A new report published by the Federal Reserve Bank of Kansas City shows the 21st century has been less than kind to Oklahoma when it comes to state's inability to retain its college-educated residents.
In its first-quarter 2019 edition of the Oklahoma Economist, analysts at the Federal Reserve Bank's Oklahoma City Branch found that while the recent "brain drain" from Oklahoma might show signs of slowing, the net loss of college graduates that has occurred since 2012 "actually continued a trend from the previous decade."
While the net loss of college-educated residents is relatively small when compared to the state's population — about a 10,000 net loss during the first decade of the 21st century — the trend is disturbing. Analysts conclude in the report that "having more college graduates move out than move into the state can affect total educational attainment, which in turn could affect overall incomes and tax revenues, as higher educated people tend to earn and spend more."
With nearly two decades of evidence, leaders in this state need to be aware that present policies — if there are any — have failed to reverse a trend some might have thought was linked to an economic slump tied to a drop in oil prices. Apparently there is more to it, and whatever it is this report shows college graduates are finding it in primarily in Texas then Washington, Colorado, California and Arkansas.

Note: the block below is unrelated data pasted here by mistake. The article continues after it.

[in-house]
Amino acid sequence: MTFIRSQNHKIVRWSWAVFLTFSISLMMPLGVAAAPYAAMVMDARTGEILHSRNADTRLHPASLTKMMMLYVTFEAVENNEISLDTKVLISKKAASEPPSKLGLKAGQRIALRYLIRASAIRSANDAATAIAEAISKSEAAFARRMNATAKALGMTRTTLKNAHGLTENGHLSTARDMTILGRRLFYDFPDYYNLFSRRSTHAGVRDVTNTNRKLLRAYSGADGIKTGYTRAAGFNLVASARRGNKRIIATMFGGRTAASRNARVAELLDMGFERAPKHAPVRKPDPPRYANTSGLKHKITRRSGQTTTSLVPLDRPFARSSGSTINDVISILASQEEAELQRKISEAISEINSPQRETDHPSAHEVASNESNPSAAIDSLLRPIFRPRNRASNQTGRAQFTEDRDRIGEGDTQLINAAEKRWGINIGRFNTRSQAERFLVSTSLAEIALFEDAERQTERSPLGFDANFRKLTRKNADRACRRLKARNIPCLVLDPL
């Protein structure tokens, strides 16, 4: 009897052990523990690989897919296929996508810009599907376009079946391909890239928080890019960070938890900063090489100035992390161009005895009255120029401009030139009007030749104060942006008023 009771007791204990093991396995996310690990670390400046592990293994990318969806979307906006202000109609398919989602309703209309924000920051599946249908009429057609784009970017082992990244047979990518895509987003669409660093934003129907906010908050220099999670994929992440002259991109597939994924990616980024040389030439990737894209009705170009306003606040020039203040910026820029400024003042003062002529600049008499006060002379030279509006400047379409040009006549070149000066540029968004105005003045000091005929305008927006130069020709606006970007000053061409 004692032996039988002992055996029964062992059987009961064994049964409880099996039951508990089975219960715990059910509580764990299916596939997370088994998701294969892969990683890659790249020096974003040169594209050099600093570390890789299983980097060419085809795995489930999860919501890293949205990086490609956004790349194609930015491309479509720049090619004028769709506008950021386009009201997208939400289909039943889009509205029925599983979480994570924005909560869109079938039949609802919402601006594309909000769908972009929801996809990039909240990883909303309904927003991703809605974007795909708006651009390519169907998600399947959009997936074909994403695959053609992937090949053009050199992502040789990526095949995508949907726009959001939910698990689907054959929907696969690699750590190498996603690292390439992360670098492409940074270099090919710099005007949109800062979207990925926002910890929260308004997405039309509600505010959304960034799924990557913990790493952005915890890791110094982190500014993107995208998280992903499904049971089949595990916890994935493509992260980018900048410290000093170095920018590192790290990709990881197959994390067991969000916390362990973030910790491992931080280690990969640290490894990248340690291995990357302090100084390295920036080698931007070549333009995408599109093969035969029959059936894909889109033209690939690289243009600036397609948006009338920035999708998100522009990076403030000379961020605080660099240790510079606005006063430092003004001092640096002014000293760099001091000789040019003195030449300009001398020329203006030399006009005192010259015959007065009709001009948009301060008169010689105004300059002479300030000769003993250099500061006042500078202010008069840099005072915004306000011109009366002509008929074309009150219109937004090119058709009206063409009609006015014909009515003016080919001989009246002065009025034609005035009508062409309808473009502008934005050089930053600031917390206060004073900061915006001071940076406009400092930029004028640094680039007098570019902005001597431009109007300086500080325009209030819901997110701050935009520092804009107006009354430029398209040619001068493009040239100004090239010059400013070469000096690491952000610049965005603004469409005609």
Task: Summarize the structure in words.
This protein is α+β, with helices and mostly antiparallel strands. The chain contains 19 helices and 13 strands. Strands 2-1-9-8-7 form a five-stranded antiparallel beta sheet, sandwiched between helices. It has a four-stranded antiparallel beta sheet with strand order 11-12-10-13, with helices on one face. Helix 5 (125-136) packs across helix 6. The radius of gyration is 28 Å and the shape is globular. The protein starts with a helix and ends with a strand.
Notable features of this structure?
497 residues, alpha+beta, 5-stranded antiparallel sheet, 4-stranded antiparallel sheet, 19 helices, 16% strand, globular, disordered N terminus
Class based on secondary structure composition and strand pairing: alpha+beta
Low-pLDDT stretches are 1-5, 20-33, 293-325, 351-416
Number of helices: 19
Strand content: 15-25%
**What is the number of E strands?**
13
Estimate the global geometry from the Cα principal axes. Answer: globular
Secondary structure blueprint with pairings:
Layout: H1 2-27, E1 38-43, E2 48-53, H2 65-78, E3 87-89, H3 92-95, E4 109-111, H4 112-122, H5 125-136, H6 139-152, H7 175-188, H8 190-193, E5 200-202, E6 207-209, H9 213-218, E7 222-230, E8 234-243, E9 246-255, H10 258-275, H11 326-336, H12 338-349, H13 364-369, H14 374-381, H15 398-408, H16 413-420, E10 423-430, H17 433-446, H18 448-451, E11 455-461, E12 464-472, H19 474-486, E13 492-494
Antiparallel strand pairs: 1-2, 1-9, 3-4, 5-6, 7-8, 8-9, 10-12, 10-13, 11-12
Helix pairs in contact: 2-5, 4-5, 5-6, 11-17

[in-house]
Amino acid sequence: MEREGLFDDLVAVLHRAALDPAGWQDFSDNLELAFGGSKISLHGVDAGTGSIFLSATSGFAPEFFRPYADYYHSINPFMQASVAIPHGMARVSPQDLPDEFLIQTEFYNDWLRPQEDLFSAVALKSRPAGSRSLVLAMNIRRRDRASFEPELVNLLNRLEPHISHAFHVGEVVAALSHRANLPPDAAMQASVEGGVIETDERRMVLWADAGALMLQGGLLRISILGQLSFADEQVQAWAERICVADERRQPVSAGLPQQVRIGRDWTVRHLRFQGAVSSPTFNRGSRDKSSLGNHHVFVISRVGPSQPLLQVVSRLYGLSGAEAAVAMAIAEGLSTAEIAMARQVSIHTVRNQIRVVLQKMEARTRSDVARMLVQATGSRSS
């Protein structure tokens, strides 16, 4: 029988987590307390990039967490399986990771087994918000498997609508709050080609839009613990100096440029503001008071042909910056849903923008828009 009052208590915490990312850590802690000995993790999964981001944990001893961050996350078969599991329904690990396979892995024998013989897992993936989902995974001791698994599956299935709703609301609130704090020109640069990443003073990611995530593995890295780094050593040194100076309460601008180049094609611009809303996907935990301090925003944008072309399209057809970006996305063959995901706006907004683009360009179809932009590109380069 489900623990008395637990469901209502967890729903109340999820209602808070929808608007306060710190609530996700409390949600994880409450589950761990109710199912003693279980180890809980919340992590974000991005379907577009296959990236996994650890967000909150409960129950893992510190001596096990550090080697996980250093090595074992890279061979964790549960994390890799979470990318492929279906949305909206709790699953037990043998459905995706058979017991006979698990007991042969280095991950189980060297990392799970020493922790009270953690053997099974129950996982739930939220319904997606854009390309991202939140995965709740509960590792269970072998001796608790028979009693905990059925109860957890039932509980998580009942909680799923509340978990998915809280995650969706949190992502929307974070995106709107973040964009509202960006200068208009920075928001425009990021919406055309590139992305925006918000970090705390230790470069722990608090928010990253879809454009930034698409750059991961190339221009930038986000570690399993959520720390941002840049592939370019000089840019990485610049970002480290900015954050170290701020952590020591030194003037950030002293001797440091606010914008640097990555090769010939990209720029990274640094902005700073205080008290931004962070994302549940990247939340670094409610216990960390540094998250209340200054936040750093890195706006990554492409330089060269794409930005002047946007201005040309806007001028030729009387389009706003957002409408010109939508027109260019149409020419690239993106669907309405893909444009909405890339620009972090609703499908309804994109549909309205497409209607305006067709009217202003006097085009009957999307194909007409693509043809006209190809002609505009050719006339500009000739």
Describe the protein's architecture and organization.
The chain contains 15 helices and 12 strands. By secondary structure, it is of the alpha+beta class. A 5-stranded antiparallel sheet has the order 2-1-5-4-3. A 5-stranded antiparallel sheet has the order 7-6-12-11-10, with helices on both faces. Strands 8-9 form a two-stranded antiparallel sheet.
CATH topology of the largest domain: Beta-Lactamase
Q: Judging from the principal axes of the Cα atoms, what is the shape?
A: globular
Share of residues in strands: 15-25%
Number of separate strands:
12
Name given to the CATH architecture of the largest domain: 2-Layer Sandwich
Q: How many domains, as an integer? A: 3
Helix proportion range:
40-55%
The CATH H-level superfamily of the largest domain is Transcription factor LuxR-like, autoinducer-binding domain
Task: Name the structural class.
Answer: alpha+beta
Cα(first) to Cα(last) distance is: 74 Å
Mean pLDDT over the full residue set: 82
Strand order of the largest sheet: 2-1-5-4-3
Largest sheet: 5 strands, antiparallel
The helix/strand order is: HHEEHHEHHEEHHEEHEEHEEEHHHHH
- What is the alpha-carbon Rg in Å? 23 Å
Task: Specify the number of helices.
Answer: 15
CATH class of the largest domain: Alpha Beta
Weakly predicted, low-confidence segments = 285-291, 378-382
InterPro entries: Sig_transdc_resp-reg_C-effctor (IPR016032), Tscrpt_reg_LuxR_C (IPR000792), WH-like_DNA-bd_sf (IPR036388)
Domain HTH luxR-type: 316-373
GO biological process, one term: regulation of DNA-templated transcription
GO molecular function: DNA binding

The Gallup Well-Being Index for 2018 showed each of those states, with the exception of Arkansas, ranked much higher than Oklahoma when assessed on five essential elements of well-being. Those metrics include satisfying careers, supportive social relationships, financial stability, safe and secure communities, and good physical health.
CNBC's annual ranking of the economic climate of states reported similar findings in 2018, using 10 broad categories in its assessment. The factor given the most weight was workforce — specifically the net migration of college-educated workers — followed by infrastructure, quality of life, technology, innovation and education.
Steps have been taken to address some of these, but much more needs to be done. And it needs to be done sooner rather than later — there's little time to waste.